ECW Press has announced the publication next year of Without Helmets or Shoulder Pads: The American Way of Death in Youth Football Conditioning. Three chapters of this book by Irvin Muchnick will chronicle, in order, the 2014 death of Ted Agu; UC Berkeley’s cover-up of the circumstances of that death; and the surrounding corruption, including the university’s scorched-earth legal tactics to try to keep the facts of the cover-up from emerging.
“In Reversal, Appellate Court Rules UC ‘Prevailing Party’ in Public Records Case – Changing Nothing About Our Daylighting of Massive New Info in Cal’s Ted Agu Football Death Cover-Up,” November 7, https://concussioninc.net/?p=15070
“$125,000 Was a Small Price For Cal-Berkeley’s Already Successful Ted Agu Football Death Cover-Up. Fighting Even That Is Designed to Intimidate Anyone Daring to Use the Public Records Act to Investigate Cover-Ups,” November 8, https://concussioninc.net/?p=15073
“In Ted Agu Football Conditioning Death Cover-Up Public Records Act Case, Reporters Committee for Freedom of the Press and First Amendment Coalition Tell Appellate Court That University of California Seeks ‘to Chill Members of the Public, Including Journalists,’” March 24, https://concussioninc.net/?p=14970
“Flashback: Three Stories About the University of California’s Ted Agu Cover-Up That Were Specifically Enabled by Our Successful Public Records Act Lawsuit,” March 28, https://concussioninc.net/?p=14980
by Irvin Muchnick
A California Public Records Act petition is not supposed to be like Goodyear v. Dobbs Tire & Auto. Public information law is not constructed for someone’s commercial advantage. It is about enabling members of the public to learn more about the workings of their government and public agencies. It is about transparency and accountability.
Recognizing this, CPRA explicitly requires agencies to help make requests “focused and effective.” Implicit in this requirement is recognition that a person requesting records has no way of knowing exactly what the agency has and exactly how it is organized.
And – assuming there are issues of ambiguity when the agency fields the request – it must do the work of cooperation before the requester decides he has to go to the trouble and expense of becoming a plaintiff, or “petitioner,” in state court. Obviously, a requester-petitioner such as myself and a multibillion-dollar public entity such as the University of California have wildly asymmetrical resources. I enjoy the services of an excellent solo practitioner lawyer, Roy Gordet (who previously won a federal Freedom of Information Act case against the Department of Homeland Security for documents from the alien file of Irish Olympic swimming coach monster George Gibney). The UC Office of the President in downtown Oakland has a general counsel’s office with more than 70 lawyers.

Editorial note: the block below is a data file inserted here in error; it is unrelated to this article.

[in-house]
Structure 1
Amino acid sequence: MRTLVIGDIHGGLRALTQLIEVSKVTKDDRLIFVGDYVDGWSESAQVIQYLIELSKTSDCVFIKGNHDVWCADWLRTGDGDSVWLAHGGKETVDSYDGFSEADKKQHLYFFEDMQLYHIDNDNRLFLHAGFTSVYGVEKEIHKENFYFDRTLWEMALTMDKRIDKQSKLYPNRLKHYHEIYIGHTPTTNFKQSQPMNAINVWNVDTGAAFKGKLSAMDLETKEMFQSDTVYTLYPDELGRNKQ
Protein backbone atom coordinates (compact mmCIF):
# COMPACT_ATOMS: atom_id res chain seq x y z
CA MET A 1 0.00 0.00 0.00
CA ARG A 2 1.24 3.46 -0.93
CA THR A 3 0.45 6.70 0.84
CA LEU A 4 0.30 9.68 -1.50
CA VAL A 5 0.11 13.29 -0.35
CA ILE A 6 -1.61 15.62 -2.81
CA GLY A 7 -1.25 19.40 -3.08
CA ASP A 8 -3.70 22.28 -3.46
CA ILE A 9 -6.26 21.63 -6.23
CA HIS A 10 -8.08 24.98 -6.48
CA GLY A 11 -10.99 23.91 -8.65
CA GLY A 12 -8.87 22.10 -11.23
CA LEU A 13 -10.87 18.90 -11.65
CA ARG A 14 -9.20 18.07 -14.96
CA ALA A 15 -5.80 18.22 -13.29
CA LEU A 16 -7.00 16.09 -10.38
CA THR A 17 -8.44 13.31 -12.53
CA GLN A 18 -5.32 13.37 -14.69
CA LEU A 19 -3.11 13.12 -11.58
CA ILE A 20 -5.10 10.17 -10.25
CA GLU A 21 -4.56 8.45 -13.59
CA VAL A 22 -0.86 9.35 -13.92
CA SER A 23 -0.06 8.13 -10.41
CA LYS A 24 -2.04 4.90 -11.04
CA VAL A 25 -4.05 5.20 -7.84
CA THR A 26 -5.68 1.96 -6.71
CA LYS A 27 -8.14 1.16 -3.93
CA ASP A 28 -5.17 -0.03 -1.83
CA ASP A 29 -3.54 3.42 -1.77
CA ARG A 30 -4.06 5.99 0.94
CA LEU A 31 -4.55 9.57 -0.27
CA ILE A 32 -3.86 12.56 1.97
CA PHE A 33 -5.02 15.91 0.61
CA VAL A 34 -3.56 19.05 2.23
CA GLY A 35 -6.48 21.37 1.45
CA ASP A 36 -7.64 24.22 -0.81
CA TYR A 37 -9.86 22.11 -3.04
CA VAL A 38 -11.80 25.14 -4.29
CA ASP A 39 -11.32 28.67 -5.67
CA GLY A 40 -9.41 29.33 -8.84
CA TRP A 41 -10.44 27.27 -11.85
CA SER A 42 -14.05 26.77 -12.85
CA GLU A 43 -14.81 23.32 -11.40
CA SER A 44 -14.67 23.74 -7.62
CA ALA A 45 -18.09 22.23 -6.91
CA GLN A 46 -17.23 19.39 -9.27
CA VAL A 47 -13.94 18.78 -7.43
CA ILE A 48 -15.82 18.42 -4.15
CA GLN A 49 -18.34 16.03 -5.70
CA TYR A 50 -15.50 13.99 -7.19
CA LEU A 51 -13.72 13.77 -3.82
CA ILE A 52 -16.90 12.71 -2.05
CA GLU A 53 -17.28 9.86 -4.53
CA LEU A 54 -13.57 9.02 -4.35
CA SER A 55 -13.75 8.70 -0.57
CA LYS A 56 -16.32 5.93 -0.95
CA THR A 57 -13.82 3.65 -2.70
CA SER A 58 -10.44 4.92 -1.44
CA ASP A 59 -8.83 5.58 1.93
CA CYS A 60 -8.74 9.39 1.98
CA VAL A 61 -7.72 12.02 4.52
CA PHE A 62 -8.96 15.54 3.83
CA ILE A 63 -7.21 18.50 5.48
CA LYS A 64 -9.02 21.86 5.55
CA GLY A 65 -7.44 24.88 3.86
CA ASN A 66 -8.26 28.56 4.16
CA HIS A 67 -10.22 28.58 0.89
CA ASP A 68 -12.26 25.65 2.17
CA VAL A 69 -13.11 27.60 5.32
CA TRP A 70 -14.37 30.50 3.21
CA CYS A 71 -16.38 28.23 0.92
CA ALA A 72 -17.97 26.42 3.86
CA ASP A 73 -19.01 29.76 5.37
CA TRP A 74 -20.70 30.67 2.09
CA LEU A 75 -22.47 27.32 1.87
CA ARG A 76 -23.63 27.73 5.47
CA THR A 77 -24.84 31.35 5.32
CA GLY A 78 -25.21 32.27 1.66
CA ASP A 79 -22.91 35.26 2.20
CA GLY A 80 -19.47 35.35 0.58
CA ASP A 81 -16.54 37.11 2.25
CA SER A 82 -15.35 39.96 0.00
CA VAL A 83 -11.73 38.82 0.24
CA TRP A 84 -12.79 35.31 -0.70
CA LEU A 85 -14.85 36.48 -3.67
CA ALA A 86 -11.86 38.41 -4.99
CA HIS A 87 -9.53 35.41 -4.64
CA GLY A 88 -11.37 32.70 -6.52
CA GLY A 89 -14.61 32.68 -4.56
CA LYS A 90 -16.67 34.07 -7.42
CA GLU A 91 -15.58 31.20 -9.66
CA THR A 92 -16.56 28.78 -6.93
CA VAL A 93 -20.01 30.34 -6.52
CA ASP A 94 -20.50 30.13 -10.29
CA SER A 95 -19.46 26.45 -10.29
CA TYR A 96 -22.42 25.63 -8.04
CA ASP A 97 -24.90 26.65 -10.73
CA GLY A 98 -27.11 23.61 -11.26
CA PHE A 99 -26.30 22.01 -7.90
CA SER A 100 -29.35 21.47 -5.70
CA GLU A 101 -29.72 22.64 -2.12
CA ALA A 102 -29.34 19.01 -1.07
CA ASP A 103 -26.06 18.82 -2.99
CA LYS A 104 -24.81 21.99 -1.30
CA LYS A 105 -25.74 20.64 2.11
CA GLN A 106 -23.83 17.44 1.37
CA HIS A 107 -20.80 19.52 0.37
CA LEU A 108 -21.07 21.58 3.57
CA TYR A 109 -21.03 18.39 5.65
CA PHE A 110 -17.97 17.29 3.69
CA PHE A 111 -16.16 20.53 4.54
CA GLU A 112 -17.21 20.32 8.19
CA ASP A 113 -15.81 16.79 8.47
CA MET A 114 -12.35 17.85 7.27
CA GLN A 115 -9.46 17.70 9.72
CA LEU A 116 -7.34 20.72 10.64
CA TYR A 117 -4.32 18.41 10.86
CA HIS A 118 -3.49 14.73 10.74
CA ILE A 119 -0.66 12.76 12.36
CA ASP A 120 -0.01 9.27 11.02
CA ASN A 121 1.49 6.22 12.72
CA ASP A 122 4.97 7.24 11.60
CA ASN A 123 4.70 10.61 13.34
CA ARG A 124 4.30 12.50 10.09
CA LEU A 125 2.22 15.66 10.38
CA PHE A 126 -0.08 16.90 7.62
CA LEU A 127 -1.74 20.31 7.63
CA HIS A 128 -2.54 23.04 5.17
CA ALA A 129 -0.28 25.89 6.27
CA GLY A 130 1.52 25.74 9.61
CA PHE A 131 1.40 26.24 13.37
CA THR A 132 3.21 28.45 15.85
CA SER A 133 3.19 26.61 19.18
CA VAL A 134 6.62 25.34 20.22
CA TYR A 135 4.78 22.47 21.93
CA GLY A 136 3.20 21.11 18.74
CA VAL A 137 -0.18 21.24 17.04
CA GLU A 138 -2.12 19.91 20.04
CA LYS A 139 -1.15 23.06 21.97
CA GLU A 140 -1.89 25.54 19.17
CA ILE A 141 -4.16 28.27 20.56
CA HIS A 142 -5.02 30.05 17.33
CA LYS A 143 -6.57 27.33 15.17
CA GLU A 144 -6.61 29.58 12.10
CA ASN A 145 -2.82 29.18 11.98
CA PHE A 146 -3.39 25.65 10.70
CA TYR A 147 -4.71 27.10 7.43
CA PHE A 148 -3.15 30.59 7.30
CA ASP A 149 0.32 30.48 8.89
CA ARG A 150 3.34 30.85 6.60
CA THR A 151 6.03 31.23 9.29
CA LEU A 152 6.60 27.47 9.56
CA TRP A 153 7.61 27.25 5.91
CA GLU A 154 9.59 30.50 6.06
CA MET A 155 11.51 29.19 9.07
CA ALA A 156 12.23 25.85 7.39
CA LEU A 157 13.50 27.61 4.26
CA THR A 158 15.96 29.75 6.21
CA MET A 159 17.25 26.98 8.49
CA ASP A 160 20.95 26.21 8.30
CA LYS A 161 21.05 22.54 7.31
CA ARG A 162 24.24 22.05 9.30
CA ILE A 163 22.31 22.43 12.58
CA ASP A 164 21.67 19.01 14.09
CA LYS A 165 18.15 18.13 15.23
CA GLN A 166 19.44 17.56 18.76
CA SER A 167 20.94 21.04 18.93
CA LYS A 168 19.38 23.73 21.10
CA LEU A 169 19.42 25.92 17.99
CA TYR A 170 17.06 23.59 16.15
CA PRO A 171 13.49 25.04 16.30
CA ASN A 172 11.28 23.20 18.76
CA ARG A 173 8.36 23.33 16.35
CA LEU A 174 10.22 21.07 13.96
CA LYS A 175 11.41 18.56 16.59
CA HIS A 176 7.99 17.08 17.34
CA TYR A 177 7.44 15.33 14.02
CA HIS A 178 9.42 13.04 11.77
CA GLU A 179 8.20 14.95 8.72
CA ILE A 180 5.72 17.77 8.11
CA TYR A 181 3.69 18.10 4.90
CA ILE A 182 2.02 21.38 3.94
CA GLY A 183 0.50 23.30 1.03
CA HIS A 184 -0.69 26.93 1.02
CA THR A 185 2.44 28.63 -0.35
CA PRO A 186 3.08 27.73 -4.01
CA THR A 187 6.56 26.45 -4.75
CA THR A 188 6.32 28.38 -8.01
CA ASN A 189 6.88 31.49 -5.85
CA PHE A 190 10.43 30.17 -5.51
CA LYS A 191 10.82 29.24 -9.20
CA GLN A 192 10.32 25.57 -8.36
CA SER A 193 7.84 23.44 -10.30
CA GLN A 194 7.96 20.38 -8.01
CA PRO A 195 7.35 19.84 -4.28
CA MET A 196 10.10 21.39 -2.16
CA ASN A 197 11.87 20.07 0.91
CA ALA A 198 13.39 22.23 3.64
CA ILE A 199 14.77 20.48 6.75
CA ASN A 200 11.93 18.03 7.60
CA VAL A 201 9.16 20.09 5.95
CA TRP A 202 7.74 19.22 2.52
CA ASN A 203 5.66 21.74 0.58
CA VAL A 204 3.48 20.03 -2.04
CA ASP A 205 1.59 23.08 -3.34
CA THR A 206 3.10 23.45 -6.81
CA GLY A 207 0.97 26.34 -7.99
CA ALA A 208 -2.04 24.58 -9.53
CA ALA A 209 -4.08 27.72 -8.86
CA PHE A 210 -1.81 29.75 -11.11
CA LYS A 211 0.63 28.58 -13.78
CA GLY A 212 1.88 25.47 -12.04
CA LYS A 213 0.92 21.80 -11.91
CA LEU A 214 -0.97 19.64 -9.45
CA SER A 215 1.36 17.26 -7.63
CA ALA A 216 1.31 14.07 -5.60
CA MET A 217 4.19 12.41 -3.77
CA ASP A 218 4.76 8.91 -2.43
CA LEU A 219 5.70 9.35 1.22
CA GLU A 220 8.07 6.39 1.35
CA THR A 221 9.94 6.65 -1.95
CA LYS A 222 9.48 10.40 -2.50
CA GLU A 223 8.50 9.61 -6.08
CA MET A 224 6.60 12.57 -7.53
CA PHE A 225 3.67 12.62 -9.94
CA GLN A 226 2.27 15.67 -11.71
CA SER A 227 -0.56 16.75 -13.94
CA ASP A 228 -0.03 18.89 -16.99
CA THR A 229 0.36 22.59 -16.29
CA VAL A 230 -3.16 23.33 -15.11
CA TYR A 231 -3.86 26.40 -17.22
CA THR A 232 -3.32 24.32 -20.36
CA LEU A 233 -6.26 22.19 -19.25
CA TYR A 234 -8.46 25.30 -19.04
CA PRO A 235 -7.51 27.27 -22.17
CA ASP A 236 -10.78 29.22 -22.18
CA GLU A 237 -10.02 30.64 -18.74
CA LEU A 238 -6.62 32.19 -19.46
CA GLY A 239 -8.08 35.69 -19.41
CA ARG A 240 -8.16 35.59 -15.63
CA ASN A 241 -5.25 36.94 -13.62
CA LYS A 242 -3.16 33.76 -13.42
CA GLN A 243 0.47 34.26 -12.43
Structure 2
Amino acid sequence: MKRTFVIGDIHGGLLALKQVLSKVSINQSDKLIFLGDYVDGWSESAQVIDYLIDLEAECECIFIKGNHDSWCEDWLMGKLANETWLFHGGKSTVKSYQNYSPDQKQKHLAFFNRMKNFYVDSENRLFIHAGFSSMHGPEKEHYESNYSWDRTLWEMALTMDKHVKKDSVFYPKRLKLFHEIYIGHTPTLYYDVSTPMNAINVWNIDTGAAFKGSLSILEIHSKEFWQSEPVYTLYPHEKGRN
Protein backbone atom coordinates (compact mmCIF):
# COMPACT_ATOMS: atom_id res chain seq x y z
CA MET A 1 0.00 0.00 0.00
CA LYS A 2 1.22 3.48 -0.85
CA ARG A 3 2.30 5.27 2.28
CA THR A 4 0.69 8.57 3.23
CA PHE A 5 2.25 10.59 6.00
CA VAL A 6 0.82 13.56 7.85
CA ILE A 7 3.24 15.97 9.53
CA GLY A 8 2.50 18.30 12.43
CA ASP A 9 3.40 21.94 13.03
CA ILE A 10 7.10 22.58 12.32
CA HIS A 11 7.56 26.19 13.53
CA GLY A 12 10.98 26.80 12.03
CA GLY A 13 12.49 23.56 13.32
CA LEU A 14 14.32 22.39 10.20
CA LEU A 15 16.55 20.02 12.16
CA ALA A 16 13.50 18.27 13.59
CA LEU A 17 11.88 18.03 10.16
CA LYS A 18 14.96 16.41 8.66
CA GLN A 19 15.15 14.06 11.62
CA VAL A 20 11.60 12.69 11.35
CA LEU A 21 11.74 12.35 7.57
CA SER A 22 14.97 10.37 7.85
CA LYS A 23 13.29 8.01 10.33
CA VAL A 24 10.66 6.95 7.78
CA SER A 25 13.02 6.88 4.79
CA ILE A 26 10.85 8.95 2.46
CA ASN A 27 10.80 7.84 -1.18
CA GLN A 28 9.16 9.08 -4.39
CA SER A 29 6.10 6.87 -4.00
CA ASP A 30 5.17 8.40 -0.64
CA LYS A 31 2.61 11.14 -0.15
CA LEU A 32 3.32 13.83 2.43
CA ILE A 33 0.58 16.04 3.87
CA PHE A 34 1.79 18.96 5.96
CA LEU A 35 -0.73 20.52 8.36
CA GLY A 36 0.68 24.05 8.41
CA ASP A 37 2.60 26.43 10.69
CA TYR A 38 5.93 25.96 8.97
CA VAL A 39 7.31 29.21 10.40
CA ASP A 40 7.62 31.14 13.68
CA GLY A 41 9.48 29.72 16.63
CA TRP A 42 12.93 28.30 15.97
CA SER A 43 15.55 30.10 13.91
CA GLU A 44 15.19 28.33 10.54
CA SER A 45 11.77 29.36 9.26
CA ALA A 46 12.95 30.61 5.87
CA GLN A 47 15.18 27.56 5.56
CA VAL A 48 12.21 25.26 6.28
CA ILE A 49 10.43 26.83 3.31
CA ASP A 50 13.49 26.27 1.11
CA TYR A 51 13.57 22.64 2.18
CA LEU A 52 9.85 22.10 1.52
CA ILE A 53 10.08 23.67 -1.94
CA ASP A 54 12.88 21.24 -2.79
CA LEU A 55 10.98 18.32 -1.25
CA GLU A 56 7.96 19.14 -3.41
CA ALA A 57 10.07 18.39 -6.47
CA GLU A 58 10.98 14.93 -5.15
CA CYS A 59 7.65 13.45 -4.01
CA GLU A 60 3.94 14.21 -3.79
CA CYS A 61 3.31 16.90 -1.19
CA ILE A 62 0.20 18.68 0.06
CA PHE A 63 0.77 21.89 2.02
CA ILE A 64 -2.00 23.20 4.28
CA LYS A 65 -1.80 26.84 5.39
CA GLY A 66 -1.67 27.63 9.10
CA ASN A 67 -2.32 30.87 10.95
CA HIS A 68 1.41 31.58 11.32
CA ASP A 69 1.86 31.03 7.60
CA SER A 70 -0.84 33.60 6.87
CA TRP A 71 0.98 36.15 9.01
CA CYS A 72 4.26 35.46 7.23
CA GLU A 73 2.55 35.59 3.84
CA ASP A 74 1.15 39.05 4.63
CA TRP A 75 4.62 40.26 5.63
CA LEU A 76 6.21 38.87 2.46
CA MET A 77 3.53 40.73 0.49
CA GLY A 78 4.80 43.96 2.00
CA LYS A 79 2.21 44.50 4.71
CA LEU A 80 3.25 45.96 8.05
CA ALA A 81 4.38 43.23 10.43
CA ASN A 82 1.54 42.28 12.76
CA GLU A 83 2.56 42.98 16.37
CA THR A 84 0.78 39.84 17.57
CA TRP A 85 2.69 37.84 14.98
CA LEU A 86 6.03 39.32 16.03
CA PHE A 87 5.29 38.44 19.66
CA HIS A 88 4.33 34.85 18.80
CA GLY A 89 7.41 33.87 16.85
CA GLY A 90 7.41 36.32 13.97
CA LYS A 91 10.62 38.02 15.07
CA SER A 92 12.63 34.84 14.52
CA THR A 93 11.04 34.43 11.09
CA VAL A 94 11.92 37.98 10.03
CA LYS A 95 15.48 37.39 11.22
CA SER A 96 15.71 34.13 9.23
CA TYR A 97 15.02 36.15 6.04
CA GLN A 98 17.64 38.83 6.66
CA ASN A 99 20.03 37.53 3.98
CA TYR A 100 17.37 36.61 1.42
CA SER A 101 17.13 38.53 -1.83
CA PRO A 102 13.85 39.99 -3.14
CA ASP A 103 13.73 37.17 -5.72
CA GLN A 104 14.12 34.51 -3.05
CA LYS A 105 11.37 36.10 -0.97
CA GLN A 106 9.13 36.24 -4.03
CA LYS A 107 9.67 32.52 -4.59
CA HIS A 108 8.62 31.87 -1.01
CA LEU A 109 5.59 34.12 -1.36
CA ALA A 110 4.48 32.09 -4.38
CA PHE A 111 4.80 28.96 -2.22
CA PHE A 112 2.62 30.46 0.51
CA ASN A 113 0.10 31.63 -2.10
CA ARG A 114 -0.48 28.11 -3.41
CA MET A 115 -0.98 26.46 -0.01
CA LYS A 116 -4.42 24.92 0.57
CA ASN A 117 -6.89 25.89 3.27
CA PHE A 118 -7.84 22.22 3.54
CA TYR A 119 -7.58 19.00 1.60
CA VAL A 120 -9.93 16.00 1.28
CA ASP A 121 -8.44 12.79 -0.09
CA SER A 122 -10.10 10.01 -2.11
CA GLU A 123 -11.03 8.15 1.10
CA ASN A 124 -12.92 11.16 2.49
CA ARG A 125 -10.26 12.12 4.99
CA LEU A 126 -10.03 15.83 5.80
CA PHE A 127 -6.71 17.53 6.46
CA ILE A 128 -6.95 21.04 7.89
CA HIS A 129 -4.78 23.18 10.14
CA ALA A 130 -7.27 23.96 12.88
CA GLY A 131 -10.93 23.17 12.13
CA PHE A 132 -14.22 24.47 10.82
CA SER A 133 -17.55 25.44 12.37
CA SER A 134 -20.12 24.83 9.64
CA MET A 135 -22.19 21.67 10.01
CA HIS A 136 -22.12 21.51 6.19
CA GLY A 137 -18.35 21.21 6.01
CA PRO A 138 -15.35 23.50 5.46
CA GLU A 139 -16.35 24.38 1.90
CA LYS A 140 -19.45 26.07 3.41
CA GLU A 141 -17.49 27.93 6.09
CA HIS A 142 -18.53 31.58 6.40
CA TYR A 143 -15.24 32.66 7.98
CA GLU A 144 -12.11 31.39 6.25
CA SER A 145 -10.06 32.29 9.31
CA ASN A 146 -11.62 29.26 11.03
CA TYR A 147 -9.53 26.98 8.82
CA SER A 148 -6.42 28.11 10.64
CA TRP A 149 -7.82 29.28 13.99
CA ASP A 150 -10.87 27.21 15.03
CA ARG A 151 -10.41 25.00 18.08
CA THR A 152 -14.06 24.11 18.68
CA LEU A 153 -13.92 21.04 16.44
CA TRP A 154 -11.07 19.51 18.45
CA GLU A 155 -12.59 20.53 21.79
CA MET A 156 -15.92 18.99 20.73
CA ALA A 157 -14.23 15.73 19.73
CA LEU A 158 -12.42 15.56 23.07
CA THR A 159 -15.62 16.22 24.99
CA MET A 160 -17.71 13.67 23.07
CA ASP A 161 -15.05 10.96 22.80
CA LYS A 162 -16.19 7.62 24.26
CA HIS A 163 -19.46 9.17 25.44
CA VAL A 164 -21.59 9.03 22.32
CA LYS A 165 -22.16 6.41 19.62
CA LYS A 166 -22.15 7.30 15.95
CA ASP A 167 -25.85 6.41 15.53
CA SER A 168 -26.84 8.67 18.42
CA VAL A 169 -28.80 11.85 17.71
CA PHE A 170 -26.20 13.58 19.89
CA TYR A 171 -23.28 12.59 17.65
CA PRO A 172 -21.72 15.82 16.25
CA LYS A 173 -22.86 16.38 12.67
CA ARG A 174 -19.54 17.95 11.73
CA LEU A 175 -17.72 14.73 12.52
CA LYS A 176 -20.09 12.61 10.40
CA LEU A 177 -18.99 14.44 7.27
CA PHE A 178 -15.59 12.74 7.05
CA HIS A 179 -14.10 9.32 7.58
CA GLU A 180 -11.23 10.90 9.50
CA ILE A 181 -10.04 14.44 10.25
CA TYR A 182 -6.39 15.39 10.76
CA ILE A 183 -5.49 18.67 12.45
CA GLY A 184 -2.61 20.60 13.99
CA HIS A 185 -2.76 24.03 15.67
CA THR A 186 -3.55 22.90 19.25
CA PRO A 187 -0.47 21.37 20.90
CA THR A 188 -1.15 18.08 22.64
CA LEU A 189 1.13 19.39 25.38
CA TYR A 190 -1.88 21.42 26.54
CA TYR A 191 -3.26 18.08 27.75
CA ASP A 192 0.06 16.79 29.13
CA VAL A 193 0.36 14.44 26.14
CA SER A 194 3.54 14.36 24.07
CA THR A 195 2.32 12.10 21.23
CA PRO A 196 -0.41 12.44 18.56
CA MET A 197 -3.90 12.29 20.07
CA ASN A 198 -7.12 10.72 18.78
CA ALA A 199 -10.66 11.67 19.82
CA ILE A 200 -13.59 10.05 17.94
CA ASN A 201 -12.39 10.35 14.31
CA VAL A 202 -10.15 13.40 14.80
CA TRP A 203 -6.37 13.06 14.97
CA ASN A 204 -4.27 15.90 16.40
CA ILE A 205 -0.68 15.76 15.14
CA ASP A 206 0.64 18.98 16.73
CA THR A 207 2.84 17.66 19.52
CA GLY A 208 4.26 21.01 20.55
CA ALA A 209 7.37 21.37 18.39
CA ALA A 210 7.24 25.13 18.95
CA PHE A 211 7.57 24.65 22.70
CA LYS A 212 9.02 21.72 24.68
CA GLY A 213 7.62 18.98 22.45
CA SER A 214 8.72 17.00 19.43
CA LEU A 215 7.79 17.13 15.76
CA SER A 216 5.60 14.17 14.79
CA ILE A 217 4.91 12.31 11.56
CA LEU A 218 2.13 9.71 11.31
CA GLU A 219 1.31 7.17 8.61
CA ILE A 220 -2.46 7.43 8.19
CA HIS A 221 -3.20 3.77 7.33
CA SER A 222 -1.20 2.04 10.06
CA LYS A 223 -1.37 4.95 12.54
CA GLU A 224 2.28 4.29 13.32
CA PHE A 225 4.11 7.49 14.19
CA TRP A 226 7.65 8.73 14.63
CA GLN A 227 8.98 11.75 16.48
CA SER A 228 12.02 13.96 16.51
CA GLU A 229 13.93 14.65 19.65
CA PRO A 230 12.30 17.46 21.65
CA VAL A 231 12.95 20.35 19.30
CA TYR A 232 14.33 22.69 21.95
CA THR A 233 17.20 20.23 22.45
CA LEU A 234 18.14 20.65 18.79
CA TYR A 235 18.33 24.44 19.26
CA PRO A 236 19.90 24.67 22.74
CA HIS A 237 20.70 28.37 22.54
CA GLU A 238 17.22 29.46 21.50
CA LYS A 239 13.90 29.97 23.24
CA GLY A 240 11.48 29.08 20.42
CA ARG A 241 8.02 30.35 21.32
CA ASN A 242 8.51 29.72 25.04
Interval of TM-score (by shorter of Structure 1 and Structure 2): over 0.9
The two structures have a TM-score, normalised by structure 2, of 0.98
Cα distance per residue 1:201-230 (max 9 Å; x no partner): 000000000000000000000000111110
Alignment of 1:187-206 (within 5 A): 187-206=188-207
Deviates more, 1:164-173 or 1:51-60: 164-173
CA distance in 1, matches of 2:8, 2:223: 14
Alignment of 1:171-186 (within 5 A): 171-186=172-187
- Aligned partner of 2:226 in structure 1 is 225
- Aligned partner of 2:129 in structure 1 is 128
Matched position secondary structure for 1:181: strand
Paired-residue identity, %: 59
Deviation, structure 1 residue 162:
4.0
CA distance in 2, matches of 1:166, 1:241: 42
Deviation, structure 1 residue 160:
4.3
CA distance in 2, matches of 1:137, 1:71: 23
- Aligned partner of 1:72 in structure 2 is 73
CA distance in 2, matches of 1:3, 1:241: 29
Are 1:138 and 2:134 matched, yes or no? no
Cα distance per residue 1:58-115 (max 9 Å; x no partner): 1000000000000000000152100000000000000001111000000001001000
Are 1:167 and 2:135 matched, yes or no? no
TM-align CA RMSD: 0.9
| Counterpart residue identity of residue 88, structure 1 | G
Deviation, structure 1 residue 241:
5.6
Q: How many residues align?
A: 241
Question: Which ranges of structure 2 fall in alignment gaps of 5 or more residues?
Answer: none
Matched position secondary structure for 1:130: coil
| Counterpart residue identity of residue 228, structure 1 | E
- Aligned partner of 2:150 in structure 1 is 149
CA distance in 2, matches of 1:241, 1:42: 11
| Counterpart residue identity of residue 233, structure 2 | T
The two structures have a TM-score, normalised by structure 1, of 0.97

These are among the reasons why CPRA case law has established what is called “catalyst theory.” If new and previously withheld public records are released during CPRA litigation, after the agency had made no effort to work with the requester to make the original request “focused and effective,” then the petitioner is ordinarily ruled the prevailing party. That is exactly what Alameda County Superior Court Judge Jeffrey Brand did here.
The Court of Appeal’s reversal of the lower court is disastrous. The three-judge appellate panel overrode the discretion of a judge who had presided over the case for years – often ruling against me through various motions and technical disputes, yet deciding in the end that there had been a process catalyzed by my good-faith efforts to acquire previously stonewalled material for a legitimate journalistic purpose.
In place of that, the Court of Appeal concocted a way to construe that the new documents, which emerged from court orders by Judge Brand, were outside the four corners of my original request. I strenuously disagree with such an interpretation. I have published specific articles both using these new documents and showing clearly how they pertained to my original request and its indisputable known mission all along, which was to shine light on how Cal-Berkeley officials managed the Ted Agu death and its fallout.
But even more than I disagree with contrived split hairs over whether the new documents sprang from my original request language or from the court process, I believe that CPRA is clear that the university, after doing no “focused and effective” work prior to going to court, defaulted on its ability to be named the prevailing party and to deny Gordet his fees for more than five years of advocacy for me. The only way UC should have prevailed would have been if its stone wall held and there was no new information at all, or nothing of significance, liberated by court orders.
To hold otherwise is disastrous for the incentives and equities of CPRA, and for its future functioning as a tool of civic hygiene. The Reporters Committee for Freedom of the Press and the First Amendment Coalition made this point well in their amicus brief, to no avail.
In the next and final installment of this series, I’ll address the university’s borderline, sleazy legal tactics to manipulate to a court ruling that the production of hundreds of pages of previously withheld pages was “their” work rather than “mine.” Those tactics crossed all the way over into blatant lies in court filings by the UC general counsel’s office.